There’s many reasons why children born to poor households might fail to thrive. One (obvious) one is poverty: lack of resources means there might just not be enough food to eat. But this is not the whole story. Inadequate nutrition practices when children are very young can be detrimental to their development.
The Child Development Grant Programme (CDGP) tackles both of these issues. Taking place in Northern Nigeria, the CDGP:
provides pregnant women with a large monthly cash grant until their child turns two
organises media campaigns and counselling for new mothers around how to feed and breastfeed their child
CDGP is funded by the Department for International Development and implemented by Save the Children and Action Against Hunger. It is evaluated by a consortium led by Oxford Policy Management, and comprising Itad and the Institute for Fiscal Studies, where I work.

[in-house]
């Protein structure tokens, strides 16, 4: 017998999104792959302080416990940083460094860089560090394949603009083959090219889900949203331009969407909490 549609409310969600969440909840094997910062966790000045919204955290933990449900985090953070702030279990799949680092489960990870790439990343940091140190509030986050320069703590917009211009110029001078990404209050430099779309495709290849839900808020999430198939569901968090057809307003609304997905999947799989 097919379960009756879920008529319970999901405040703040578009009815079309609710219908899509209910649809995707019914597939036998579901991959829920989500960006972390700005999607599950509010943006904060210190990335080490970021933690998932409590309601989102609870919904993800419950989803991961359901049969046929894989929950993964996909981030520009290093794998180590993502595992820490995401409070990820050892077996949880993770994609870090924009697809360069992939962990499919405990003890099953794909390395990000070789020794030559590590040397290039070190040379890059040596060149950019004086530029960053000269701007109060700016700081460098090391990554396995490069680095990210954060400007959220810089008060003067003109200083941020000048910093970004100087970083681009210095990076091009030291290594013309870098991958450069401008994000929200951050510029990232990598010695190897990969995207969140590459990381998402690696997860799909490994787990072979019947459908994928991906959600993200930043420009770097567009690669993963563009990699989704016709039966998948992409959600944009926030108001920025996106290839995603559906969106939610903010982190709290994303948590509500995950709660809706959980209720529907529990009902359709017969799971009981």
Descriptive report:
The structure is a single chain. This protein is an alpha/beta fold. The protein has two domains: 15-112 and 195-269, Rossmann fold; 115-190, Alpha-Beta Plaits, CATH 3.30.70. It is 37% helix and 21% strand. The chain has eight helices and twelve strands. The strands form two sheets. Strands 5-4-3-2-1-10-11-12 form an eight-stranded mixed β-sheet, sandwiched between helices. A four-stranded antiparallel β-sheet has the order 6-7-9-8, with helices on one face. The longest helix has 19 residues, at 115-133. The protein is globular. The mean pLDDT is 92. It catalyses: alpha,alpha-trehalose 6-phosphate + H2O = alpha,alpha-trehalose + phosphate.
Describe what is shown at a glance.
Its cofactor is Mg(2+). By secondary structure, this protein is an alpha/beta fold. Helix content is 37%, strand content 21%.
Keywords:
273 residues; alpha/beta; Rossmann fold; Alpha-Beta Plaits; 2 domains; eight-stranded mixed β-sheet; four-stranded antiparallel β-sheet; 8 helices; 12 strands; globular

During the course of this project, I’ve had the luck to:
learn how a large panel household survey
- is designed – from sampling respondents to deciding the best way to elicit truthful and useful answers based on your research question
- and is managed – by tracking households across time (and space!), and accounting for every one of them
be confronted with a huge amount of data, refining my cleaning and wrangling skills
apply econometric and statistical tools to evaluate a large-scale social experiment, appreciating the nuance needed to translate data to insights
discover and visit a fascinating country like Nigeria with its compelling history, amazing people, and exciting perspective 🇳🇬
Results of the twevaluation areorilable on the [OPM Website](https://www.opml.co.uk/files/Publications/8214-evaluation-child-development-grant-programme/c S
ay tuned for thademic publications!